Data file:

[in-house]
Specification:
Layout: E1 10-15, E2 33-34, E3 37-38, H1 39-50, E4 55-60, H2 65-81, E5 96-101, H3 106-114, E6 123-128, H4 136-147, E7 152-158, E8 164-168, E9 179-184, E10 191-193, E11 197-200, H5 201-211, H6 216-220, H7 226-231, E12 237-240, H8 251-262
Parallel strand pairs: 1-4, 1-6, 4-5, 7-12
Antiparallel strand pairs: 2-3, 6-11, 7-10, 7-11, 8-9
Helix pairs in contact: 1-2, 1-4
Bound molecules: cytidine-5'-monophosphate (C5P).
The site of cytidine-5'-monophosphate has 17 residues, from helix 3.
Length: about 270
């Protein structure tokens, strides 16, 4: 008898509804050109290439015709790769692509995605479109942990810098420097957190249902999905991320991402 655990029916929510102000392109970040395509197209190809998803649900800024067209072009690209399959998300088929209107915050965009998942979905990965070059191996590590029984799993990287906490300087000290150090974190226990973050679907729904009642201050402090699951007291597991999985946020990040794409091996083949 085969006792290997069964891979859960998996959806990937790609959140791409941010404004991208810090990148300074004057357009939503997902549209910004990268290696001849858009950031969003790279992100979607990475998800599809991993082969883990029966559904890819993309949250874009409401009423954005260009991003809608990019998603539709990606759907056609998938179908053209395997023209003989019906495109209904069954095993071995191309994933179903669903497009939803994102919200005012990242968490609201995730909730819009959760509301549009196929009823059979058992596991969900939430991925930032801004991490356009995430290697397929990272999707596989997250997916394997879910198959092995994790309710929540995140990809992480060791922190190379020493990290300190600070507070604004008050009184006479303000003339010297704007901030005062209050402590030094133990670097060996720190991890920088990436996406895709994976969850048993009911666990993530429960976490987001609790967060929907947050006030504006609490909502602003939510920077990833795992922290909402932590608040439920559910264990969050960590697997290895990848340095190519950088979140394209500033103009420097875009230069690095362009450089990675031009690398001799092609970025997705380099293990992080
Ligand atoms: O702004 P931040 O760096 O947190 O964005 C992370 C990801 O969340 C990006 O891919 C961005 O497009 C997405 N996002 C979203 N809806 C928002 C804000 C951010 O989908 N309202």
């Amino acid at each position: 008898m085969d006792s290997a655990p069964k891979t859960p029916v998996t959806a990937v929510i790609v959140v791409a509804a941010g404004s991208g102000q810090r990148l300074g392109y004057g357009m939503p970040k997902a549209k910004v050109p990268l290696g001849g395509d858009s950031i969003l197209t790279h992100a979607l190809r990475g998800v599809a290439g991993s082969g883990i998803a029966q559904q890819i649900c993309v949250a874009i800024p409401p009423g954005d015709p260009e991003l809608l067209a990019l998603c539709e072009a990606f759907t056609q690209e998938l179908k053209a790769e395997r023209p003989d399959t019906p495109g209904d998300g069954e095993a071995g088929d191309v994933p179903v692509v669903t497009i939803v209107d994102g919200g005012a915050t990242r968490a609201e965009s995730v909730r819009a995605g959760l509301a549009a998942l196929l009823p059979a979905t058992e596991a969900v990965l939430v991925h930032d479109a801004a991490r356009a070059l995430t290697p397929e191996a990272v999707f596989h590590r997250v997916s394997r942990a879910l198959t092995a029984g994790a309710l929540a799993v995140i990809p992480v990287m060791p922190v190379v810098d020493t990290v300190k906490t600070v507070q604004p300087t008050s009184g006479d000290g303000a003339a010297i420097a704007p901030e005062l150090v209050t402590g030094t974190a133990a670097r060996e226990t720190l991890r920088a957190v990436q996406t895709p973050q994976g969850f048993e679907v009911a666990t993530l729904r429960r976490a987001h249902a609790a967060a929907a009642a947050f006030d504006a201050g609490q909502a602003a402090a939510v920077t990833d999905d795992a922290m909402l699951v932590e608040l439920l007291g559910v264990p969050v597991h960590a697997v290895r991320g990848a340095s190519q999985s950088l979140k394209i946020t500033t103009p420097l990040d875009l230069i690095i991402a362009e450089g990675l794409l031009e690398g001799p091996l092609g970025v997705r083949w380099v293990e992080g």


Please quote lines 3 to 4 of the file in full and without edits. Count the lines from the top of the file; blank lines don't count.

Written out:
Layout: E1 10-15, E2 33-34, E3 37-38, H1 39-50, E4 55-60, H2 65-81, E5 96-101, H3 106-114, E6 123-128, H4 136-147, E7 152-158, E8 164-168, E9 179-184, E10 191-193, E11 197-200, H5 201-211, H6 216-220, H7 226-231, E12 237-240, H8 251-262
Parallel strand pairs: 1-4, 1-6, 4-5, 7-12